McDermott is thankful for all the community support — starting with her neighbors phoning 911, the quick action of Madison Hose Co. No, 1 and North Madison Volunteer Fire Company and numerous individuals who have donated food, clothing and money to help them during this time of crisis, including the American Red Cross and Madison Youth and Family Services.

“Our neighbors’ three children, they’re angels,” said McDermott. “They all helped. One of the neighbor’s daughters took the two rabbits, another daughter took the dog and then the son brought over a fire extinguisher and sprayed the base of the fire and he really contained it, a lot.”

While fire officials would not share details about the fire could because it is an ongoing investigation, Madison Hose Co. No. 1 Fire Chief Robert Kyttle noted the fire was active upon arrival.

“It was a minor fire that could have been worse,” he added, “but due to the quick action of the first firefighters on scene they kept it at bay.”

Kyttle added that the American Red Cross was contacted to assist with immediate needs for housing and food and he applauds all the individuals and organizations that are assisting this local family.

“It’s a wonderful thing that the community comes together in a somebody’s time of need,” he said.

McDermott’s neighbor, Cathy Akers, was also instrumental in making a connection with Madison resident Cindy Breckheimer who created the Facebook Shoreline CT — Spread the Love page.

The site was created after Breckheimer learned that requests for assistance at Madison Youth and Family Services included 150 local families.

“I know our community wants to help people, but sometimes it’s hard to know what to even do,” said Breckheimer. “The goal of it (Facebook page) was to try to connect all the amazing people who want to help, to show them where there are ways to help.”

Breckheimer, along with friends, has already had collections for coats, diapers and food for local residents since starting the Facebook page before Thanksgiving.

“This whole thing has turned into such a wonderful experience,” Breckheimer said, referring to assisting Beth McDermott and her family. “It’s been so heartwarming to see people come together like this.”

McDermott is overwhelmed with the outpouring of community support, started by Breckheimer.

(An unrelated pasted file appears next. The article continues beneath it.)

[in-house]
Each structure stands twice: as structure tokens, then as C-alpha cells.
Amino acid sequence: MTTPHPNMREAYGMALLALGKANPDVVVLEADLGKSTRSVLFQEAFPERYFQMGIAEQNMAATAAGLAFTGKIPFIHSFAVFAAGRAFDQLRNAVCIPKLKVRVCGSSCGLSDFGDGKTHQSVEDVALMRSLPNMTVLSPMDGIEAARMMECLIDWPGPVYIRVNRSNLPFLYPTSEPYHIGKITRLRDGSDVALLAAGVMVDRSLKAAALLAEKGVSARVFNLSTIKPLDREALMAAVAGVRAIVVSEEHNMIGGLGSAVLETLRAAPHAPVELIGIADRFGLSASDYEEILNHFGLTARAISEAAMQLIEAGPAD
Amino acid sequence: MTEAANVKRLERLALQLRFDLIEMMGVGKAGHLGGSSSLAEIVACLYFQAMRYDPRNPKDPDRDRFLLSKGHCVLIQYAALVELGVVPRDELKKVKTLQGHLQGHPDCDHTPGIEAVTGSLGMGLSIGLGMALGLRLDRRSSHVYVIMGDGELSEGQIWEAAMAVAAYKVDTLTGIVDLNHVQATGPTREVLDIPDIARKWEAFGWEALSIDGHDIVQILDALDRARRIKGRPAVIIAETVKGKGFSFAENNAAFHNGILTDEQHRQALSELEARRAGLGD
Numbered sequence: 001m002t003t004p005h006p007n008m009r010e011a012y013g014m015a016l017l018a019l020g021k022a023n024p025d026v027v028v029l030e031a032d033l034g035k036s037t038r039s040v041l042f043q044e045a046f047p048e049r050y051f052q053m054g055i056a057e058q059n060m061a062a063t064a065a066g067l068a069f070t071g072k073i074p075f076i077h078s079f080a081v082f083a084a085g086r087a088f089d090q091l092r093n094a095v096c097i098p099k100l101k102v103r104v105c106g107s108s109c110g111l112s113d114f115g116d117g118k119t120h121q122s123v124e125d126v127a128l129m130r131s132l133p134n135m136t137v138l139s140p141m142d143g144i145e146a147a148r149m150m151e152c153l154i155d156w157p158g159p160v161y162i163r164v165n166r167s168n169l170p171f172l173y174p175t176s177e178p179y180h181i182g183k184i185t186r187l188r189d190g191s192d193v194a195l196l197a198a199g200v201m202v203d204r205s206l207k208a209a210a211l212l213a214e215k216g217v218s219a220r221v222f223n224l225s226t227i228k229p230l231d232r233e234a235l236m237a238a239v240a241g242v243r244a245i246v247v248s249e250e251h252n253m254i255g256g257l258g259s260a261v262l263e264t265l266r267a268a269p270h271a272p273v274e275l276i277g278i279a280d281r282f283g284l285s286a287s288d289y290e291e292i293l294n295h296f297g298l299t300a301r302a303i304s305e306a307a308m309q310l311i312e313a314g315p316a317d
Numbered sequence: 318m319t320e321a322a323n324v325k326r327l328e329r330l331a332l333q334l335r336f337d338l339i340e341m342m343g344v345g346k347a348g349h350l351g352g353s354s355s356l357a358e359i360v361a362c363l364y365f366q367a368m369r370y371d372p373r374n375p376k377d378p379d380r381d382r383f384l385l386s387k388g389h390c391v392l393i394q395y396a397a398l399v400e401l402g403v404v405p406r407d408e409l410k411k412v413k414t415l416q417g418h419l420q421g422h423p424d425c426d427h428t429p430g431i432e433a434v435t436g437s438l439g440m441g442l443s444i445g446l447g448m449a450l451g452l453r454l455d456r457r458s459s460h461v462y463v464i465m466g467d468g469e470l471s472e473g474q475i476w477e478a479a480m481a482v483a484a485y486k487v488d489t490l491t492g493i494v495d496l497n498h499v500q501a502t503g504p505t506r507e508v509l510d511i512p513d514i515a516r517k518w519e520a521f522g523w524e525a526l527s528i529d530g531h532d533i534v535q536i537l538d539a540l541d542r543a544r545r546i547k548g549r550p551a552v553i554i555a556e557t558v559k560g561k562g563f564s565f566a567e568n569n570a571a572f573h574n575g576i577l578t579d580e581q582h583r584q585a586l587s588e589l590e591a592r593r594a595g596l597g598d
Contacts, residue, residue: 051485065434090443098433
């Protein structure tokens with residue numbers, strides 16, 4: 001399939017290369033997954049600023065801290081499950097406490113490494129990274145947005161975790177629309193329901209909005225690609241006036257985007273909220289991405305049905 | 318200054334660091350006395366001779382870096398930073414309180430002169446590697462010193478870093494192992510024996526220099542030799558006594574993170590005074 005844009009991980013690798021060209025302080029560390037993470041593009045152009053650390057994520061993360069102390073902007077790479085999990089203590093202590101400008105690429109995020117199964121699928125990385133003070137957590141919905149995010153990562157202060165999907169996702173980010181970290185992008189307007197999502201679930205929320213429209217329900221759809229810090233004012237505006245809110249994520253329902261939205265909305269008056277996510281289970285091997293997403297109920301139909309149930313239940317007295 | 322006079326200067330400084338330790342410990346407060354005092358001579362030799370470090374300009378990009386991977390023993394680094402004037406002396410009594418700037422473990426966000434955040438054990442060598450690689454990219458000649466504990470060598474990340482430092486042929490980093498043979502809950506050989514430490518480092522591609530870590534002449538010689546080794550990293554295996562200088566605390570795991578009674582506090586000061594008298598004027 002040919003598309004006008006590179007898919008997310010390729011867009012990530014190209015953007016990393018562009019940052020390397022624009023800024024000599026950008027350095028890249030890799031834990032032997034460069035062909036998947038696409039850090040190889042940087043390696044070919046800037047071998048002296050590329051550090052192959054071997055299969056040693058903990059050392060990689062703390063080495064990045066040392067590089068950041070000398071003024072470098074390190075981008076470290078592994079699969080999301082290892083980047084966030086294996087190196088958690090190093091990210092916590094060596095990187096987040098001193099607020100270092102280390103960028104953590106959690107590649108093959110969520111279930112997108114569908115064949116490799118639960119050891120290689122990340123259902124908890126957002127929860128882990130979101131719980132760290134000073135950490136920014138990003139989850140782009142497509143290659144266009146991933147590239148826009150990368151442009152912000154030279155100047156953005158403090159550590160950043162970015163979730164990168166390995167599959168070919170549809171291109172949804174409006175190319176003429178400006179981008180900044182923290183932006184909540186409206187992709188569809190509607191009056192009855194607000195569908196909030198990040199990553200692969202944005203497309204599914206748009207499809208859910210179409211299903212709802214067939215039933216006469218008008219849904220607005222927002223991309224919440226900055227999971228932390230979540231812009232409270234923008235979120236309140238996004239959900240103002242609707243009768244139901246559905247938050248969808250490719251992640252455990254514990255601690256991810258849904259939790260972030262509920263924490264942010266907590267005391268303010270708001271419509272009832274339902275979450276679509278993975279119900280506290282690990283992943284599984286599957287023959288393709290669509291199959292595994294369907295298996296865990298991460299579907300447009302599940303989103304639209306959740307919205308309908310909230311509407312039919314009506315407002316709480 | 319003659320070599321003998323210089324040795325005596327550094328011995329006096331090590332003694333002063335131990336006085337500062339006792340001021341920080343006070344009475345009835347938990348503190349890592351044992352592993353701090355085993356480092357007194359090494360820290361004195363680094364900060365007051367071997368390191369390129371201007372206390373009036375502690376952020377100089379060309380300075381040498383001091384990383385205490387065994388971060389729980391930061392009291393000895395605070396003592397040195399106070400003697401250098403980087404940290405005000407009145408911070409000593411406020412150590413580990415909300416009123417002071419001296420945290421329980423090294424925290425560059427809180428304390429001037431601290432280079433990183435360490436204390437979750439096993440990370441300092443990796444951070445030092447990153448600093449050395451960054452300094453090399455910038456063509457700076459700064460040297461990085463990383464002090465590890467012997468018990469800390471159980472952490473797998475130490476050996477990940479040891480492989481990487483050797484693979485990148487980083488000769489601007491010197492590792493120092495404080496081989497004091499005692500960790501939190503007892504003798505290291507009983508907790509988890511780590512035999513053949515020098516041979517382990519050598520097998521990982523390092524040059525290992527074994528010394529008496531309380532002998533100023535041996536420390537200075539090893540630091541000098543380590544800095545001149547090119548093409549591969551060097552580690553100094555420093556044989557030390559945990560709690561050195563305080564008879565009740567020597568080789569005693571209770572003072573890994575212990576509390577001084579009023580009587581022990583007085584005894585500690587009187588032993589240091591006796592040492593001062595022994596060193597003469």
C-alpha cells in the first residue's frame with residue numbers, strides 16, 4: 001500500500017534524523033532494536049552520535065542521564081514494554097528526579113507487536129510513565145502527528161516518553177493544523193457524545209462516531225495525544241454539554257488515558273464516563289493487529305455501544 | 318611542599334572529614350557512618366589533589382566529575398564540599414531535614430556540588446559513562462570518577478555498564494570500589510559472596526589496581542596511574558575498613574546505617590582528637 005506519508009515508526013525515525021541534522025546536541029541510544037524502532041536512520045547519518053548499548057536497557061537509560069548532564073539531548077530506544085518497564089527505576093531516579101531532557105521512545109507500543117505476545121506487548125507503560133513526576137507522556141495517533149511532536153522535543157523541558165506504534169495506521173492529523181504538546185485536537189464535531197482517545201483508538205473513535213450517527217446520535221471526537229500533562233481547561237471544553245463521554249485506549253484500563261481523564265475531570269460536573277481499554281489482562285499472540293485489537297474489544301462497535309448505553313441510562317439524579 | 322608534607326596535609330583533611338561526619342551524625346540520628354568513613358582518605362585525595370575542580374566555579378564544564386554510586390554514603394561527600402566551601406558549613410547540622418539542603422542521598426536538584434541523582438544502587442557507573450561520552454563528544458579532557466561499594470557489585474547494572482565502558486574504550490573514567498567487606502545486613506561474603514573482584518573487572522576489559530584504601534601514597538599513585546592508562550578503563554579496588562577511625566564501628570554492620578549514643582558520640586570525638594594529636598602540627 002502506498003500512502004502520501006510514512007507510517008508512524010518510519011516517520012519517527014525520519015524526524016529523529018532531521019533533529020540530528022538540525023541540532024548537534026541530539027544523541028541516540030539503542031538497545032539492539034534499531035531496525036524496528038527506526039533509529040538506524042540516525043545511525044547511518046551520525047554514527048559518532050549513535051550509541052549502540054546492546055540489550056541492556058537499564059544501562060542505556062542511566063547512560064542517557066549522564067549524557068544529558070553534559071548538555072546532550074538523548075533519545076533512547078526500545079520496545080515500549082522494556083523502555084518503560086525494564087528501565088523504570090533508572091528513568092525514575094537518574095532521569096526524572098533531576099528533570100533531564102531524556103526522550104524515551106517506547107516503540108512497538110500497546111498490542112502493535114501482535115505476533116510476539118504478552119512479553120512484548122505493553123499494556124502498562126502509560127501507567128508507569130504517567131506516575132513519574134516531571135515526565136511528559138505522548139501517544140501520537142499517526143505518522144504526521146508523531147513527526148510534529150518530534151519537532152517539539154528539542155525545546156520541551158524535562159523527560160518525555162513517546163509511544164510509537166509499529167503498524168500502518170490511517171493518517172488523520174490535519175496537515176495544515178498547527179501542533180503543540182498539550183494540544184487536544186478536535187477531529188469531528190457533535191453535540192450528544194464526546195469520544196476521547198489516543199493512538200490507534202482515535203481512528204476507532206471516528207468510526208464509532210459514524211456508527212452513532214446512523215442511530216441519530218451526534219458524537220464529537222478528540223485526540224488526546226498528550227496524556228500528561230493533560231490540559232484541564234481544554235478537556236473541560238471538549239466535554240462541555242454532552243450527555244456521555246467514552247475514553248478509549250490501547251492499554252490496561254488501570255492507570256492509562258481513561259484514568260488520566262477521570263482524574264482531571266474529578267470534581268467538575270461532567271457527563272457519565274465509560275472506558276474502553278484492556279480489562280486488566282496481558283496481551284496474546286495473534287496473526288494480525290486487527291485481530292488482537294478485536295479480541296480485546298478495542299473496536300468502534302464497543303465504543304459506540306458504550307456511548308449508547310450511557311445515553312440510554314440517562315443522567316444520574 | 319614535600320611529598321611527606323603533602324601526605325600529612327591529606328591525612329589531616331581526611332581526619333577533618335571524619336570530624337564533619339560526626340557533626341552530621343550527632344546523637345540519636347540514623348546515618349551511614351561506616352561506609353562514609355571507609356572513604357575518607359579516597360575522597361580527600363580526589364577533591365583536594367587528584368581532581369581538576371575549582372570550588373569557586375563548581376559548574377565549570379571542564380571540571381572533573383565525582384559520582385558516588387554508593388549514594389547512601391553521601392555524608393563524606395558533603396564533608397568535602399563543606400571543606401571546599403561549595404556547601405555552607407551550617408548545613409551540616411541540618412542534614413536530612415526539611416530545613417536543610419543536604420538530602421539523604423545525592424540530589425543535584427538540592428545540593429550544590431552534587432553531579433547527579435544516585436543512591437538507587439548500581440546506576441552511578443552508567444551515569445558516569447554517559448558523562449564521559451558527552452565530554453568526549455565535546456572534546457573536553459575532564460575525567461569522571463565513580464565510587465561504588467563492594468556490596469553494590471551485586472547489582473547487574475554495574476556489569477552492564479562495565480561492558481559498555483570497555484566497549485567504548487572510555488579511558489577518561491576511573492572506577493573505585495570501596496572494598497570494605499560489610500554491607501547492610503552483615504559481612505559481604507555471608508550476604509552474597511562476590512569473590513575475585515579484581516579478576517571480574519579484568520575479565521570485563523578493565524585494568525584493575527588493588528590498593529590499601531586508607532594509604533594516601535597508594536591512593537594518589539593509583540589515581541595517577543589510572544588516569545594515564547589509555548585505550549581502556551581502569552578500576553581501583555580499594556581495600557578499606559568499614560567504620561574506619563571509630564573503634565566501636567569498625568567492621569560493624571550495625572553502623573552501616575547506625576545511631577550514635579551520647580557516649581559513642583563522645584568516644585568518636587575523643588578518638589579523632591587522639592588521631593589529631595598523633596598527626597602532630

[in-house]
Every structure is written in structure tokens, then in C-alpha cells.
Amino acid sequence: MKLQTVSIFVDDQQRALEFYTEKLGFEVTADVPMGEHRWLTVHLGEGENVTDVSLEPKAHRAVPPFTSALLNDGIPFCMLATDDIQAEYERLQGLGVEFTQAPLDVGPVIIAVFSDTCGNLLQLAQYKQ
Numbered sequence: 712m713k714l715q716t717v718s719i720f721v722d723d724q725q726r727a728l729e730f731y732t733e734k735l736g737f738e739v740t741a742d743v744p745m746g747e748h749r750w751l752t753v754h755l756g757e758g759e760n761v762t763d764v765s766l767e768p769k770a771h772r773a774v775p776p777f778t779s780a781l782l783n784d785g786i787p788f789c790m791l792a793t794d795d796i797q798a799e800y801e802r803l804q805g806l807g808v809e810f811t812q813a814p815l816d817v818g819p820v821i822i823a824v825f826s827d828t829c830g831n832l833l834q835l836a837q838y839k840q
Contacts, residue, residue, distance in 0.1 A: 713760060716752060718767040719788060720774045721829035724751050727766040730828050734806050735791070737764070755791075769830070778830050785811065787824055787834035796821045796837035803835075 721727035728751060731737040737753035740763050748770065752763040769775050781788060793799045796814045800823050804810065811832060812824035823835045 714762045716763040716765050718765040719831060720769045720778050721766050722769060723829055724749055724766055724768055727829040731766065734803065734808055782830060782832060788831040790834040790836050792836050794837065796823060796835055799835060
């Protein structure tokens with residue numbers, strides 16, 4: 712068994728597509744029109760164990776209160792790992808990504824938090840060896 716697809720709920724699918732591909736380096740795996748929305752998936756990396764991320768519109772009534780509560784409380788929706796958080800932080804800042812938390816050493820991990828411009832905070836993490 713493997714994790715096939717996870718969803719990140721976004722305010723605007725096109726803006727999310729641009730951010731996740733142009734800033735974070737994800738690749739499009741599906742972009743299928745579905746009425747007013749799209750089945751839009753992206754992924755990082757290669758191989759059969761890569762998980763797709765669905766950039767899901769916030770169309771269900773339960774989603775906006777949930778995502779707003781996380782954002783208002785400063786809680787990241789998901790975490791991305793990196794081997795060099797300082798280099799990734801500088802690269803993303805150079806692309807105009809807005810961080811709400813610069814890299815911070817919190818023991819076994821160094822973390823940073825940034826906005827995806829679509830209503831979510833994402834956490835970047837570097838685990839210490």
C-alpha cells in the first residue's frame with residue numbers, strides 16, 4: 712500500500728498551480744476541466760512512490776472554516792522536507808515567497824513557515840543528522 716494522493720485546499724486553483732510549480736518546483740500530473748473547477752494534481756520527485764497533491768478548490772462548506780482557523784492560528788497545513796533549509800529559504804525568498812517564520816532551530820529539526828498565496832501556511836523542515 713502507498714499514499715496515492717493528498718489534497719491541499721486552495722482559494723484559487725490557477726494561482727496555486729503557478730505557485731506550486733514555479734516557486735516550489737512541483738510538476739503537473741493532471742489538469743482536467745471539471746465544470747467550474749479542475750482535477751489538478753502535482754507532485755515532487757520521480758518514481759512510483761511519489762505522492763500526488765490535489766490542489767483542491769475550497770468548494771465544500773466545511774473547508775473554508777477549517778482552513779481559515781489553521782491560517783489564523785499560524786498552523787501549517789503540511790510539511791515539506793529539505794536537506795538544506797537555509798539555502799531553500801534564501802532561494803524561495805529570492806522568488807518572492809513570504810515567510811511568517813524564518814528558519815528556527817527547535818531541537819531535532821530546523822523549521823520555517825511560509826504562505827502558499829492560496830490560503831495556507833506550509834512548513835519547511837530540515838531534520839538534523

“She rallied the troops and people started donating,” McDermott said in the phone interview.

These donations included money, gift cards, food, a microwave, clothes and personal care products. At press time over $3,100 in gift cards had been collected for the family.

“People have been just been absolutely amazing,” said Breckheimer. “It really just been so wonderful to see everybody pull together so quickly for this family. Even over Christmas people were still reaching out to me, taking the time away from their own families and day to ask how they can help. The community has been amazing.”

While the donations continue to stream in through Shoreline CT — Spread the Love Breckheimer is also accepting donations through her Venmo @cindy-breckheimer. In addition, an Amazon account has been created to help the family during their stay at the motel. That can be accessed at Amzn.to/38BHGXf. In addition, a GoFundMe page was also started for the family at https://gofund.me/1de720f5.

“Thankful is an understatement and it really just gives me hope that everything that people have been dealing with this year, there are so many good people,” McDermott said. “The community came together to help us and we couldn’t be more grateful to them.”

To contribute to this family visit Facebook Shoreline CT — Spread the Love and Amzn.to/38BHGXf; donations can be made via Venmo @cindy-breckheimer or by calling Cindy Breckheimer at 860-690-3141.

Connecticut Media Group